Snowbite Cafe – A Non-Profit Organization For Teen Mothers and Single Parents


In March of 2020, Snowbite Cafe was named the Lower Rio Valley’s Minority Owned Small Business of the Year by the Small Business Administration Government. Connie and her family aspire to open several locations and start a non-profit organization for single parents and teen mothers. They also hope to inspire young women to pursue entrepreneurial opportunities. They hope to inspire teen mothers, single parents, and other underserved groups to follow their passions.

First-degree frostbite

Frostbite is a condition where the water in the skin freezes and causes damage to the tissues. Common symptoms include white, hard, numb skin and pain. First-degree frostbite is usually treatable, but severe cases of frostbite require immediate medical attention. Common frostbite sites include the toes, outer ear, cheeks, nose, and ears.

The most common causes of frostbite are exposure to extreme cold, alcoholism, and psychiatric illness. High altitudes and high activity are two other risk factors for frostbite. People who smoke or are unable to stay warm in colder temperatures are also at a higher risk of developing frostbite. People who play winter outdoor sports are also more susceptible to frostbite than those who do not have these risk factors.

In severe cases of frostbite, rewarming the area is vital. The time spent in the cold is directly related to tissue damage. A healthcare professional will need to examine the skin and feel the surrounding tissue to determine the extent of the damage. In mild cases of frostbite, a phone call may be enough to get the patient to a hospital. If the patient does not appear to need immediate medical attention, he or she can be kept busy with conversation.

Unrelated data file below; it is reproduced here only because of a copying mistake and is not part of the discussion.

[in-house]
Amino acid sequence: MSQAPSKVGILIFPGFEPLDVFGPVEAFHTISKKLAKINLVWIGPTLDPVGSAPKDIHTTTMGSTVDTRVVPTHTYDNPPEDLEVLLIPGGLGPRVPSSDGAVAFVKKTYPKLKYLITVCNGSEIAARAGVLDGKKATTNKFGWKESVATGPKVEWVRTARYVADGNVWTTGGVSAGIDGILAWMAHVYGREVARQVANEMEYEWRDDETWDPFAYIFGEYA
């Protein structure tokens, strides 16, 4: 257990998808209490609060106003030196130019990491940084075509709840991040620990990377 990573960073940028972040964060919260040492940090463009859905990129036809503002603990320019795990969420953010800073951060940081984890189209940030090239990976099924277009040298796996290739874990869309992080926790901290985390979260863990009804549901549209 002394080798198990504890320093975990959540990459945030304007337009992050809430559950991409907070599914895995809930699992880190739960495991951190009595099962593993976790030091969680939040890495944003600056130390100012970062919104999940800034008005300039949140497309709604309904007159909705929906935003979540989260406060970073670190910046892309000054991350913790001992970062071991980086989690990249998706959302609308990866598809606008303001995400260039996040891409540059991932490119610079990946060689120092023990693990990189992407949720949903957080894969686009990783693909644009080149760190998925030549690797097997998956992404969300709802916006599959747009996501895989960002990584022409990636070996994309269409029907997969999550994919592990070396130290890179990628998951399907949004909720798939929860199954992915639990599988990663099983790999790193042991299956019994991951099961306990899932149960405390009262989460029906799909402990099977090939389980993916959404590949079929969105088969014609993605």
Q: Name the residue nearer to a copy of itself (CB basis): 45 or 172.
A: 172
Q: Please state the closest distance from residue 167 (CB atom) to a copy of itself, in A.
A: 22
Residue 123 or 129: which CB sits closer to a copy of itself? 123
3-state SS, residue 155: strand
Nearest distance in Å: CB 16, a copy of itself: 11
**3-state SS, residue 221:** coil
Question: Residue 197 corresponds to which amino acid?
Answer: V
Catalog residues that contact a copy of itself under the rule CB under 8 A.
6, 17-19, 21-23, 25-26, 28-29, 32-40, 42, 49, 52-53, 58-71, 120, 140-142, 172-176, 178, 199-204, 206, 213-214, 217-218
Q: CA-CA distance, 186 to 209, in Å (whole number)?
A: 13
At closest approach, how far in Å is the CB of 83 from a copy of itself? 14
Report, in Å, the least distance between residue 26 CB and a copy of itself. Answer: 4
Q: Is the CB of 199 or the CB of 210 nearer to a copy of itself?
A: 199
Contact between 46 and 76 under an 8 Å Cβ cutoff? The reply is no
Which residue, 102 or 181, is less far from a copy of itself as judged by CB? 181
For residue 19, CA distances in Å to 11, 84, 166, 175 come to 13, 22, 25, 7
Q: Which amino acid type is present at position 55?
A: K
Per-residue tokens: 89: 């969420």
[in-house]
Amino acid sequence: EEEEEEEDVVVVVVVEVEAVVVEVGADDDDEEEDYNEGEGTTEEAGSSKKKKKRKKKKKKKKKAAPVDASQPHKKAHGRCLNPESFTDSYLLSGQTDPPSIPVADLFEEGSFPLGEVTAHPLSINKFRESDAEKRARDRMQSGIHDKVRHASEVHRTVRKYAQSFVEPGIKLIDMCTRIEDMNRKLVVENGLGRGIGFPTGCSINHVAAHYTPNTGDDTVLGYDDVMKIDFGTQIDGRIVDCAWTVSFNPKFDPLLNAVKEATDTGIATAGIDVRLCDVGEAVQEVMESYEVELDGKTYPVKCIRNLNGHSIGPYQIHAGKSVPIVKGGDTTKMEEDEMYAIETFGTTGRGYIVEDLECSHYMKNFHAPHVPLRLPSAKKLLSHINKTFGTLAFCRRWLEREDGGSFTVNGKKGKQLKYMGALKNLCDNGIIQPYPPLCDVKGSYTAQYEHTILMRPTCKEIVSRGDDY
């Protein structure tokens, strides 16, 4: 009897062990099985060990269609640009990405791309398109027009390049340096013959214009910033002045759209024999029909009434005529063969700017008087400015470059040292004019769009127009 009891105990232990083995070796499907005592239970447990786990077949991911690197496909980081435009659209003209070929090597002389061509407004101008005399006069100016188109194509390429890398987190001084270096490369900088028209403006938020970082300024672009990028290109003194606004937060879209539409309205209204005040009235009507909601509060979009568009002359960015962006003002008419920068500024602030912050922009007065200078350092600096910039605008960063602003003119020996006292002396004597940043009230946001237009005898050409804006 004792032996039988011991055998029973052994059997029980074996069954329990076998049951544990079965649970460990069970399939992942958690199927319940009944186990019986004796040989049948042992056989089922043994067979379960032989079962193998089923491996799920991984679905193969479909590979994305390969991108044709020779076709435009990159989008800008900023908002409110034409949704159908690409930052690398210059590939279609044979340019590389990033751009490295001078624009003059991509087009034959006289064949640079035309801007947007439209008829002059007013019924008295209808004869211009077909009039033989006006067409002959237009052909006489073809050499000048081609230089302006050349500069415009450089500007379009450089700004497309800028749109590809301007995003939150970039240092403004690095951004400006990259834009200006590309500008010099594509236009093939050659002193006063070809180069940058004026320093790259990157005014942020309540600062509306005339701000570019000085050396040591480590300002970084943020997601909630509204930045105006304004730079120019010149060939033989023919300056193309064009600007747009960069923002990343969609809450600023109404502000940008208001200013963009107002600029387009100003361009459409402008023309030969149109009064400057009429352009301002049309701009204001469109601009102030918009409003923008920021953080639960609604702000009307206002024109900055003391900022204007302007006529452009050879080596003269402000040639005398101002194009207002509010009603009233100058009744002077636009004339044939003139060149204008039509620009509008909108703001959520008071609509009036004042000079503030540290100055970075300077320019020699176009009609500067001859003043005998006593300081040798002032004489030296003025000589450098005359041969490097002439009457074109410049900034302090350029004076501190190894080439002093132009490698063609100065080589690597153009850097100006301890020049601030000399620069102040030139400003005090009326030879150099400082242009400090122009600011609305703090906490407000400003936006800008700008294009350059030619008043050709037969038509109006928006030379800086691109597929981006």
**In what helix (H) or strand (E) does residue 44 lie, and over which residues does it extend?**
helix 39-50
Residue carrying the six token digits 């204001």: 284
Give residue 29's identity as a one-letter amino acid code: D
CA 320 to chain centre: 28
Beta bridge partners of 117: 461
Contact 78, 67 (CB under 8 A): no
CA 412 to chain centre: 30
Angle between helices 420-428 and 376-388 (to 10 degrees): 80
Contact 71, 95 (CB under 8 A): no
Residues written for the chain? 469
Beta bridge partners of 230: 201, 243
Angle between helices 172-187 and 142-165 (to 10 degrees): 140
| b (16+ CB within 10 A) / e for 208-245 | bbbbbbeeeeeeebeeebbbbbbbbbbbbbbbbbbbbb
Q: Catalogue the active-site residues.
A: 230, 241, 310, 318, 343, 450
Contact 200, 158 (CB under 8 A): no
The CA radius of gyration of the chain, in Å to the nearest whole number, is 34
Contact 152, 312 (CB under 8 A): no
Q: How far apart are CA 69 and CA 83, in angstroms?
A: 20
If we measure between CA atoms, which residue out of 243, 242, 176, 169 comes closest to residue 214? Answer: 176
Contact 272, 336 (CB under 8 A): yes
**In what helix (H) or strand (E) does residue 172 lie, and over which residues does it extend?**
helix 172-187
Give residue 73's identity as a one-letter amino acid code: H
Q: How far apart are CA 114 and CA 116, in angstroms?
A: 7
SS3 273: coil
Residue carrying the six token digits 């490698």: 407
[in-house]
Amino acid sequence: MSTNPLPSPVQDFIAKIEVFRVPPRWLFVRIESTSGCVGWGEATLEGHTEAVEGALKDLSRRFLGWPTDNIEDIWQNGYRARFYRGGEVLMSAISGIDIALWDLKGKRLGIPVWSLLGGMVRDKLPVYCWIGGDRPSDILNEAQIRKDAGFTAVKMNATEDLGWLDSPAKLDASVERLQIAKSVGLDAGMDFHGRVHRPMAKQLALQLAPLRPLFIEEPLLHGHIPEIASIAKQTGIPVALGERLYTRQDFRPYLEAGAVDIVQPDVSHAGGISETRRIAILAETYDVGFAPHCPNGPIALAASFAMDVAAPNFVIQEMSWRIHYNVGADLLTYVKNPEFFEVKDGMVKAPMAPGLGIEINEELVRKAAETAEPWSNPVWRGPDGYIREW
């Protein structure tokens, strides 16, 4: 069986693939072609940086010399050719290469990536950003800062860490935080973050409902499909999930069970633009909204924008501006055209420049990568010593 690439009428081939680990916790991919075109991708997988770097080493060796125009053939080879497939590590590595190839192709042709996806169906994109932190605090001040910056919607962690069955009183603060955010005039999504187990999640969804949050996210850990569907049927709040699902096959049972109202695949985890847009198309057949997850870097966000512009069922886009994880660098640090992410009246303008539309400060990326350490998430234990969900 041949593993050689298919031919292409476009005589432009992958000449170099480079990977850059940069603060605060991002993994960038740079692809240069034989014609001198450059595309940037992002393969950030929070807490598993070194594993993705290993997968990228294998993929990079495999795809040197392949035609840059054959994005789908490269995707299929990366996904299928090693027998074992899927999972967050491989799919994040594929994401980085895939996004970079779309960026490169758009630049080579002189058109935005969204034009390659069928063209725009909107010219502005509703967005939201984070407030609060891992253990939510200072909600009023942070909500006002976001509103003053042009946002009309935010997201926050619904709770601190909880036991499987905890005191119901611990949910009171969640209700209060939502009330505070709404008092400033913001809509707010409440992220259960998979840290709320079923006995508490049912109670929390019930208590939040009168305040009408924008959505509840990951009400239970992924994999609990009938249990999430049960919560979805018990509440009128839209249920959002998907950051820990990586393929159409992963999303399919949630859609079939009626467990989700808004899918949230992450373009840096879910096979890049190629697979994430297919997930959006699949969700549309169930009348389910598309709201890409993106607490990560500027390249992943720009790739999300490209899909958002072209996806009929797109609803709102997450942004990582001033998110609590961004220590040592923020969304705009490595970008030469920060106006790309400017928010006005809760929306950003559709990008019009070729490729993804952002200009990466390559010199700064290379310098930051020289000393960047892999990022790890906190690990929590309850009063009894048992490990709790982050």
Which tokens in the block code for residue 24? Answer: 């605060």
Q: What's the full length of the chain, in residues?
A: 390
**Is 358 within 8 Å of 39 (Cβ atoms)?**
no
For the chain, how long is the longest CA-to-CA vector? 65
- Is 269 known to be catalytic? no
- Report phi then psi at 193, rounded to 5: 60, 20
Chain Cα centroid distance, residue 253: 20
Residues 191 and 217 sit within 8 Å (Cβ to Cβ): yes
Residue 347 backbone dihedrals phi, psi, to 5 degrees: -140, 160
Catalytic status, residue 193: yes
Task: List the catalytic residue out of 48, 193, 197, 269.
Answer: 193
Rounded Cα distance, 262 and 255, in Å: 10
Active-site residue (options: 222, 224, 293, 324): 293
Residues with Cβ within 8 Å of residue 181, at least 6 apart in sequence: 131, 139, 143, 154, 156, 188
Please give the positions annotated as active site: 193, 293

If left untreated, first-degree frostbite may lead to long-term or permanent side effects. Symptoms may include neuropathy or nerve damage. They may also develop joint stiffness and arthritis. Skin color may change and fingernail damage can lead to infection. The area may even become black, indicating that there is a danger of gangrene.


A mild form of cold injury, frostnip is easily treatable. It affects exposed skin and improves with rewarming. First, remove wet clothing, since it pulls heat from the body. Then, immerse the chilled part of the body in warm water for 20-30 minutes. Remember to avoid hot water on numb areas, as it may burn. Also, try to apply your body heat to the cold area.

A common symptom of frostnip is a stinging sensation on the skin. The affected area may also feel cold or prickle. A deep chill may also occur, accompanied by tingling and numbness. The skin may also appear red. The onset of frostnip is usually the result of prolonged exposure to extremely cold temperatures. Because the body conserves heat, blood flow is limited to the extremities. This affects the nose, cheeks, and ears most often.